June 23, 2013
June 23, 2013
June 26, 2013
Community Engagement Division
23.795.1 - 23.795.19
Interactive Session: Measuring the Impact of Connection to Community The value of community engagement in engineering learning is becoming more apparent. The number of service learning, engineering without borders, international experiences, and other community engagement programs is increasing, while the impact of such programs broadens from local communities to international experiences. This raises questions about how we assess the value of these programs for our students. This special session and accompanying resource paper will include presentations about methods used in research to assess the impact and importance of community and social interaction for engineering students. Information about quantitative, qualitative and mixed-‐methods approaches for assessing social capital, belonging, and psychological sense of community as well as the relationship between these factors and student engagement in academic work will be presented. Researchers from two separate studies will present methodologies and results from their past work and support the movement of their foundational research in academic engineering experience to programs that engage directly with the broader social community. Study 1: Research on the impact of connections to community has shown the value of these connections to student participation in their academic programs, through qualitative, quantitative, and mixed method approaches. Across a range of institution types, family is the community to which students feel most connected. More importantly, students are often strategic about how they spend their limited free time in order to fulfill the basic human need of belonging in the context of strenuous academic programs. This research has shown that participation is linked with stronger engagement in academic pursuits, suggesting that organized community activities directly associated with engineering programs may support fulfilling belong, esteem and safety needs of students. Study 2: Engineering students’ development and usage of social capital can be influential on their decisions to select engineering as a college major and persist at the undergraduate level. The communities (e.g. family, school personnel, friends) to which students have access and the degree to which they are integrated into these communities can have differential impact on the resources available to them related to pursuing engineering. The ways in which students develop social capital and the degree to which they activate resources during their undergraduate experience are also influenced by their strength of ties with related communities. The paper associated with this interactive, full length session will include background information supporting the importance of community engagement, information about methods and research instruments, potential challenges with institutional review boards, result highlights of the research studies and suggested assessment resources. In the interactive session, 40 minutes will be allocated for overviews of methods, presentations of results and discussion of the impact of social capital and community connections for engineering students. The remaining 35 minutes will be used for interaction, brainstorming and discussion supporting rigorous evaluation of community engagement. Participants will be provided with access to research instruments with suggestions for implementation and analysis. Discussion time will be used to discuss best approaches, to develop research questions that effectively assess the impact of community engagement on student experiences and to brainstorm methodologies that will address these questions. Presenters will include researchers from both studies.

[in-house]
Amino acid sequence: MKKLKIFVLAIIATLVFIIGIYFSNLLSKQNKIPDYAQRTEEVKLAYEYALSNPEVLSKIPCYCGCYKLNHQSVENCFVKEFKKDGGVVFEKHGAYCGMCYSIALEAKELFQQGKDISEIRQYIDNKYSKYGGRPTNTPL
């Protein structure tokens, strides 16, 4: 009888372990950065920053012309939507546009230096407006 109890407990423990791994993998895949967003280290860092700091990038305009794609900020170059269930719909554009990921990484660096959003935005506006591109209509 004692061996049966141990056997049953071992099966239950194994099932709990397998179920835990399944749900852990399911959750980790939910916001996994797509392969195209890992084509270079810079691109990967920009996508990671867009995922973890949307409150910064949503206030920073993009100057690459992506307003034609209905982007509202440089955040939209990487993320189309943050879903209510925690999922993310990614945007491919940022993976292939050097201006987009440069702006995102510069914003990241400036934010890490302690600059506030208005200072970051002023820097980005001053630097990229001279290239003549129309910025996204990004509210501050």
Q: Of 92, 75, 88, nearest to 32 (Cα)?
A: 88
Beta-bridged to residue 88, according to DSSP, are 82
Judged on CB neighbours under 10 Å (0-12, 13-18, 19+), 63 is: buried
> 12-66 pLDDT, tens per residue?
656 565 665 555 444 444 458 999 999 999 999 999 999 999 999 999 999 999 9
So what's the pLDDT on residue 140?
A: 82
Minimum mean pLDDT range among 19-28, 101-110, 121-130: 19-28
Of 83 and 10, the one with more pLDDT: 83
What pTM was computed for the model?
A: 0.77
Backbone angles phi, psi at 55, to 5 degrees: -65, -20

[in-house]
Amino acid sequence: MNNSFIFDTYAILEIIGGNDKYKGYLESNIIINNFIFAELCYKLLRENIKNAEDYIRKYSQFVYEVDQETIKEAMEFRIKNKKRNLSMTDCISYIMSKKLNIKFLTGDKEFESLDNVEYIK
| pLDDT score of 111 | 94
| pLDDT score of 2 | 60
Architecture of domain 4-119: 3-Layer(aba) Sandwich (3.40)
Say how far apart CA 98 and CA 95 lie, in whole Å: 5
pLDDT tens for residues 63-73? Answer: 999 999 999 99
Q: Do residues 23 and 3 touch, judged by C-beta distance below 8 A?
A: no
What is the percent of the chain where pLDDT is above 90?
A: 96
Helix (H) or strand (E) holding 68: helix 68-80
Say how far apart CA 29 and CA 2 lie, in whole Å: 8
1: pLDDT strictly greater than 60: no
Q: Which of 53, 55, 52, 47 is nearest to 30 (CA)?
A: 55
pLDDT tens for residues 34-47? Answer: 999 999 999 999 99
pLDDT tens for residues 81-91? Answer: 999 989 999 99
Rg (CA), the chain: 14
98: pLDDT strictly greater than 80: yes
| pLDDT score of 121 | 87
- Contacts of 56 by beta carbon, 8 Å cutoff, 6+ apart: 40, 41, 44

Bates, R. A., & Martin, J. P., & Wilson, D., & Plett, M., & Smith, T. F. (2013, June), Interactive Session: Measuring the Impact of Connection to Community Paper presented at 2013 ASEE Annual Conference & Exposition, Atlanta, Georgia. https://www.jee.org/19809
ASEE holds the copyright on this document. It may be read by the public free of charge. Authors may archive their work on personal websites or in institutional repositories with the following citation: © 2013 American Society for Engineering Education. Other scholars may excerpt or quote from these materials with the same citation. When excerpting or quoting from Conference Proceedings, authors should, in addition to noting the ASEE copyright, list all the original authors and their institutions and name the host city of the conference. - Last updated April 1, 2015